World Robert Mugabe wins Nobel Peace Prize



The controversial president of Zimbabwe, Robert Mugabe was awarded China's alternative to the Nobel Peace Prize on Thursday for what the prize committee called his inspired national leadership and service to pan-Africanism.

The 91-year-old Mugabe is the latest in a series of critics of the West who have received the Confucius Peace Prize.

mugabe.jpg Under his government, he pushed a plan to acquire large parcels of land, many from white owners, to give to black farmers. When owners challenged the move in 2002, Mugabe reportedly called them "greedy, greedy colonials."

After fighting in a guerrilla war in the 1970s, Mugabe was elected president in 1980. He has been in power for 35 years with no clear successor.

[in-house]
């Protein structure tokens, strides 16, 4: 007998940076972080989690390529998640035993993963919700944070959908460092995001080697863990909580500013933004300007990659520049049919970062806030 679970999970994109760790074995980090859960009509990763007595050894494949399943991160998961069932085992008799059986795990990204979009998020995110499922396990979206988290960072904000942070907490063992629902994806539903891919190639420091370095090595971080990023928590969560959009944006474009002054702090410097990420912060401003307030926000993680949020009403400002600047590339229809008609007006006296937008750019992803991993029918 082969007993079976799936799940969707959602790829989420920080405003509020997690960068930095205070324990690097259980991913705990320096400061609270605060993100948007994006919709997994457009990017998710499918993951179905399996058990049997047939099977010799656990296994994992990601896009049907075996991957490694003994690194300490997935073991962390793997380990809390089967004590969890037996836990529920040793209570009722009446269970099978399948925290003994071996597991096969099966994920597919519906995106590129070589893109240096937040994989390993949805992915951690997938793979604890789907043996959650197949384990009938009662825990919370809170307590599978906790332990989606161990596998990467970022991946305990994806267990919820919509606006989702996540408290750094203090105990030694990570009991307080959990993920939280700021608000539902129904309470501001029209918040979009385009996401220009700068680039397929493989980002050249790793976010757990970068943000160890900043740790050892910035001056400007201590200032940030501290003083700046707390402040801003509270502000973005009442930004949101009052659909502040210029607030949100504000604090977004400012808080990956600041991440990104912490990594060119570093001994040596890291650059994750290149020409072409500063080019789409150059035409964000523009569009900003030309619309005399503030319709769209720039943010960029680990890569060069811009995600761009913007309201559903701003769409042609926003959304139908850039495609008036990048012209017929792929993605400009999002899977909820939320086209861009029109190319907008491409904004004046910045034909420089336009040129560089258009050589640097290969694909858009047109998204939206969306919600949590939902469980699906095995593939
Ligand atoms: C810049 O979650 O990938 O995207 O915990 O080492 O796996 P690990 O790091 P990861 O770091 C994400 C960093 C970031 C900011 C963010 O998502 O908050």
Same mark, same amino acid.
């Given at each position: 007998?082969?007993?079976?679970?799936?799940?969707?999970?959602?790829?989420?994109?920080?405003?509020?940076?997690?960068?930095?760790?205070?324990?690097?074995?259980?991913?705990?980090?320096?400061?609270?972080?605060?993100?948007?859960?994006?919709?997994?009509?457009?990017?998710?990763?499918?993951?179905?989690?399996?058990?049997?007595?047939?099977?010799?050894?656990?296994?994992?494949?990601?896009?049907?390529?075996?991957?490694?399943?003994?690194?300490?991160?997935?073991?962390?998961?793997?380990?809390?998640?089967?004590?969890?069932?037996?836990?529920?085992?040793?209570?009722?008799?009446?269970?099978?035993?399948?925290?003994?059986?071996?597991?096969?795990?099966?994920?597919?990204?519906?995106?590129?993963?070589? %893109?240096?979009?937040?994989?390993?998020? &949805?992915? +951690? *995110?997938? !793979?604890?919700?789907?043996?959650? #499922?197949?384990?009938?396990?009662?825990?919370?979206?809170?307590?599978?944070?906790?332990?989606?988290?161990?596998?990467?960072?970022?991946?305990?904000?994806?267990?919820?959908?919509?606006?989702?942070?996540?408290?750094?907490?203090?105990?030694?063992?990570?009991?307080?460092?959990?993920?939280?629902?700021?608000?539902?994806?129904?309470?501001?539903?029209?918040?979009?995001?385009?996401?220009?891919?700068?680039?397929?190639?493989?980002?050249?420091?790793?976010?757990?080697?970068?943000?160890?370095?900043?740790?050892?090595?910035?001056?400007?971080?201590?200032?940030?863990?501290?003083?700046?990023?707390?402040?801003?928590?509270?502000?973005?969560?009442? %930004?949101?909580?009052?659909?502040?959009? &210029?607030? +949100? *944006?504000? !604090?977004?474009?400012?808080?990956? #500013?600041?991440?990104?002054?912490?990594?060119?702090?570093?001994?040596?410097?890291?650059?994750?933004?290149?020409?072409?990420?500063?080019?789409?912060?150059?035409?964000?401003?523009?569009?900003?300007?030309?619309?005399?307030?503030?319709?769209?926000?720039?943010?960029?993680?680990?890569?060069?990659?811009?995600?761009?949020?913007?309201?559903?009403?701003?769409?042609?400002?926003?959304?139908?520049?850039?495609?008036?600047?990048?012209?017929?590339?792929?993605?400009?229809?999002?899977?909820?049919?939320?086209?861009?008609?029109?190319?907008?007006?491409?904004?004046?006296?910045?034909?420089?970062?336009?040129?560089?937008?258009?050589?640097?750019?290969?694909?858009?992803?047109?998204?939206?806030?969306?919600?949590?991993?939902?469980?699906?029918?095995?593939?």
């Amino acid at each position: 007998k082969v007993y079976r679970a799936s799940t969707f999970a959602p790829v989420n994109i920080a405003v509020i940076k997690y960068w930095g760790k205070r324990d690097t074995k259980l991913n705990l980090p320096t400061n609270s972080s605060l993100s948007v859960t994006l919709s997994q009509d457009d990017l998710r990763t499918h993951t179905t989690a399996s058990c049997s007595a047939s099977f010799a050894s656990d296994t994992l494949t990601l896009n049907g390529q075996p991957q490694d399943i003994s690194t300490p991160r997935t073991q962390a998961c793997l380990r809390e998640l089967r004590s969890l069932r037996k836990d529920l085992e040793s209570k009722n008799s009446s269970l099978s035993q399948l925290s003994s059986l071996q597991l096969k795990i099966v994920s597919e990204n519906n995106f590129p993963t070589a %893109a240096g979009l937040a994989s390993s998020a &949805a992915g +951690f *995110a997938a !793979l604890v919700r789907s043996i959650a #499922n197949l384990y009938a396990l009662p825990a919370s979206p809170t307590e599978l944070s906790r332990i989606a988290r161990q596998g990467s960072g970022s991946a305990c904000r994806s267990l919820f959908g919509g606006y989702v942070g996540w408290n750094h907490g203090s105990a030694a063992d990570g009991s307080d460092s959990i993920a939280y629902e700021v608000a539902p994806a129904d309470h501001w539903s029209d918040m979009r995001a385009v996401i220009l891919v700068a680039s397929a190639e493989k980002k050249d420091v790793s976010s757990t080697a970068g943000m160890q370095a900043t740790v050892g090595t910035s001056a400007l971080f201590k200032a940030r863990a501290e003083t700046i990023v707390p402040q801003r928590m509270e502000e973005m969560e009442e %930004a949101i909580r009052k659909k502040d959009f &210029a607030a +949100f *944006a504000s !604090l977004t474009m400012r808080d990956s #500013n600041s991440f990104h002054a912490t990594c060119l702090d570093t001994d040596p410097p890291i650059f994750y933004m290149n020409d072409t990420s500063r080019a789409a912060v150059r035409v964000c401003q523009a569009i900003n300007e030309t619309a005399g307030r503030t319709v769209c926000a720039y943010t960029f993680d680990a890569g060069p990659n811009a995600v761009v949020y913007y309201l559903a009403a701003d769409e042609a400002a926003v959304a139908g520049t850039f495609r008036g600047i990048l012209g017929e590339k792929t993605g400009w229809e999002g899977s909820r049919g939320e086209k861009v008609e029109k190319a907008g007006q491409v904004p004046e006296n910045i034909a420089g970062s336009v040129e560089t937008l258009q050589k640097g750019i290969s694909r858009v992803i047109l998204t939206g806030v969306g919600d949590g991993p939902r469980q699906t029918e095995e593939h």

The Confucius prize was set up in reaction to the Nobel peace prize committee's decision to award imprisoned dissident Liu Xiaobo in 2010. Past winners of the award include Russian president, Vladimir Putin and Cuban despot Fidel Castro.

Mugabe received only 36 of 76 votes, but was awarded the prize following a meeting of the committee's 13-member review board. Other candidates included Kazakh President Nursultan Nazarbayev, Microsoft founder Bill Gates and South Korean President Park Geun-hye.

The Confucius Peace Prize was first awarded in 2010 amid Beijing's anger and resentment over the granting of the Nobel Peace Prize to imprisoned Chinese dissident Liu Xiaobo.